The "Darnley portrait", the official portrait of Elizabeth I of England, likely painted from life ca. 1575–76. This portrait is the source of a face pattern which would be used and reused for authorized portraits of Elizabeth into the 1590s, preserving the impression of ageless beauty. It features a crown and sceptre on a table beside the queen, and was the first appearance of these symbols of sovereignty separately used as props (rather than worn and carried) in Tudor portraiture, a theme that would be expanded in later portraits.Artist: Unknown

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April 17 - Fri

Apollo 13 Command Module recovery
Crewmen aboard the USS Iwo Jima, prime recovery ship for the Apollo 13 mission, hoist the command module aboard ship on April 17, 1970, after the spacecraft splashed down in the South Pacific. The crew successfully returned to Earth after a critical malfunction en route to the Moon and the mission eventually became known as a "successful failure". Commander Jim Lovell's radio transmission, "Houston, we've had a problem", spawned the misquoted phrase in popular culture, "Houston, we have a problem".Photo credit: NASA

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April 18 - Sat

A Silvereye (Zosterops lateralis) perched on a blooming Cestrum species. The Silvereye is a very small passerine bird (~12 cm (4.7 in) in length) native to the Australasia region. Silvereyes are omnivorous but have a particular fondness for fruit. Some orchardists, grape growers, and home gardeners regard them as a pest particularly as, being so small, Silvereyes simply ignore bird nets, popping in and out through the netting at will.Photo credit: Noodle snacks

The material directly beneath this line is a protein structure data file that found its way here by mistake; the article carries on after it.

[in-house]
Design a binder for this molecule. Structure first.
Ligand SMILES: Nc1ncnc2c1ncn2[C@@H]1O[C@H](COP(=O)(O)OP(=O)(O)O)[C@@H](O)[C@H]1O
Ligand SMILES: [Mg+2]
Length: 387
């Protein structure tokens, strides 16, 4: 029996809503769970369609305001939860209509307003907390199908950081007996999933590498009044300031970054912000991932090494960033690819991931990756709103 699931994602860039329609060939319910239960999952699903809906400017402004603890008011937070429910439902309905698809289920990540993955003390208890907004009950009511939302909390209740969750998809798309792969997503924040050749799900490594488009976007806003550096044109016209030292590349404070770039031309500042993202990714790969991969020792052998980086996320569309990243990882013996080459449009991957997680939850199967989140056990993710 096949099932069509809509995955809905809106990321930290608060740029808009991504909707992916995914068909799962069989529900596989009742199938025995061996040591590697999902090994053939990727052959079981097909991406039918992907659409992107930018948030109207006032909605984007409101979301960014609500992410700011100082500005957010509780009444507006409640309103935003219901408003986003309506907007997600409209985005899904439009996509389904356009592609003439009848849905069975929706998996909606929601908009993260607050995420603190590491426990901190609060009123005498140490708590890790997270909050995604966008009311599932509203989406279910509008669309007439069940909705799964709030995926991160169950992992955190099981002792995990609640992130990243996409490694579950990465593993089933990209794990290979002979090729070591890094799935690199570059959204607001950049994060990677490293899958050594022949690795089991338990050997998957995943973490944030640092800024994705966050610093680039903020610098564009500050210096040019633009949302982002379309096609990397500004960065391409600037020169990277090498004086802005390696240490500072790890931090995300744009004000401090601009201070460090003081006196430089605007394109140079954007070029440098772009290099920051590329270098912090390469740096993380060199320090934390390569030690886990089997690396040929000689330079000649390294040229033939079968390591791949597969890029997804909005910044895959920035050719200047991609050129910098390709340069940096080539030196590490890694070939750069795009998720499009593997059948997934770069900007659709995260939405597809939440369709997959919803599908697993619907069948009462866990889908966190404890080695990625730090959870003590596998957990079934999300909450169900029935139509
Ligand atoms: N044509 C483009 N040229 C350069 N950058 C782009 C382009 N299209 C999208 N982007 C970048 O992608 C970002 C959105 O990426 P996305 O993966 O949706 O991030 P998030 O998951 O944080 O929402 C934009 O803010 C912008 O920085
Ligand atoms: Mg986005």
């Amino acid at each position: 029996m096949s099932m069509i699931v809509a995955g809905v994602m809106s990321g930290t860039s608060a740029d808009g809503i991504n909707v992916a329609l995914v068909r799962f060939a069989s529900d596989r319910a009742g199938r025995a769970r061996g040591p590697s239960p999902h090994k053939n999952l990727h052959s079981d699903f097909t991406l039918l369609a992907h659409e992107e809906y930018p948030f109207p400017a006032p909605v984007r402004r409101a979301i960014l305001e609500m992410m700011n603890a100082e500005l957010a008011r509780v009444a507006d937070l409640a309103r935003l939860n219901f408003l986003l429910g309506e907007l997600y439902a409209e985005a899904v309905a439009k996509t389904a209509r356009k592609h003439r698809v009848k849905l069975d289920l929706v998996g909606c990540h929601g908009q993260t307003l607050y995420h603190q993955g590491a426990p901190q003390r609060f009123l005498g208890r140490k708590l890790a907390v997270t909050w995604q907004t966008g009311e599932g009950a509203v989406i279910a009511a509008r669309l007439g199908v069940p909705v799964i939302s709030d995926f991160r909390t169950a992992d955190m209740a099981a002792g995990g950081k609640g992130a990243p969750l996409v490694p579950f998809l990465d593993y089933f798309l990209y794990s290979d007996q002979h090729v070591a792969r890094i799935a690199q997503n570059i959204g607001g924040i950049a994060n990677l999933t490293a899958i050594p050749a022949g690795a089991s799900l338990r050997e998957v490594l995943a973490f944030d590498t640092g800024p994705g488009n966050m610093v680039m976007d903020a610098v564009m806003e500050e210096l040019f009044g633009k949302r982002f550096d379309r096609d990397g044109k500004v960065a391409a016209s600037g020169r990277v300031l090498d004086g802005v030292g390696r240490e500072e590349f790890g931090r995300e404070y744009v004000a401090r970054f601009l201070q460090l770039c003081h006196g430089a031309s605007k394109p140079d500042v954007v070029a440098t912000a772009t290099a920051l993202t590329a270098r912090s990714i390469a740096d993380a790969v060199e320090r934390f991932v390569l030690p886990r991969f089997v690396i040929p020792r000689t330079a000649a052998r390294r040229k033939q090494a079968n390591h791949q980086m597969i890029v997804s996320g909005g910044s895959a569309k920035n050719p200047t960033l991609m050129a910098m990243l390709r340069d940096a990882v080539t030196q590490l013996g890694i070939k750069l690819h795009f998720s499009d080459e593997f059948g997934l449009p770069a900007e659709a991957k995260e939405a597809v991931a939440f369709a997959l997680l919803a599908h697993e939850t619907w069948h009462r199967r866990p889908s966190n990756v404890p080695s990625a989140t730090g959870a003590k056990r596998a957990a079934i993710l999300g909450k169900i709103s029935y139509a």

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April 19 - Sun

Fire breathing
A fire breather in the "Jaipur Maharaja Brass Band" of India. Fire breathing, which is said to have originated in India, is the act of creating a large flame by spraying, with one's mouth, a flammable liquid upon an open flame. A number of legendary creatures are said to possess innate capabilities for fire breathing, most notably dragons.Photo credit: Luc Viatour

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April 20 - Mon

Niagara Falls Suspension Bridge
An 1876 advertisement for the Great Western Railway for travel via the Niagara Falls Suspension Bridge, the world's first working railway suspension bridge, which connected Niagara Falls, Ontario, Canada, to Niagara Falls, New York, United States. The bridge was operational from 1855 to 1897, and was replaced by the Whirlpool Rapids Bridge.Image credit: Clay, Cosack & Co.

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April 21 - Tue

Boat orchid
The flower of a Cymbidium Clarisse Austin 'Best Pink' cultivar of boat orchid, one of the most popular and desirable orchids in the world. One feature that makes the plant so popular is that it can survive during cold temperatures (as low as 7 °C or 45 °F). Orchid hobbyists in temperate climates appreciate their ability to bloom in winter, when few other orchids are blooming. Only a few Cymbidium species are commonly grown in nurseries, due to the popularity of hybrids.Photo credit: Derek Ramsey

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April 22 - Wed

Pot-bellied pig
Two pot-bellied pigs sleeping. This breed of domestic pig belongs to the same species as the Wild Boar and the common farm pig (Sus domestica), and originated in Vietnam. Most adult pot-bellied pigs are about the size of a medium- or large-breed dog, though their bodies are denser at a weight of 60 to 300 pounds (27 to 136 kg).Photo credit: Joaquim Alves Gaspar

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April 23 - Thu

Cobbe portrait of Shakespeare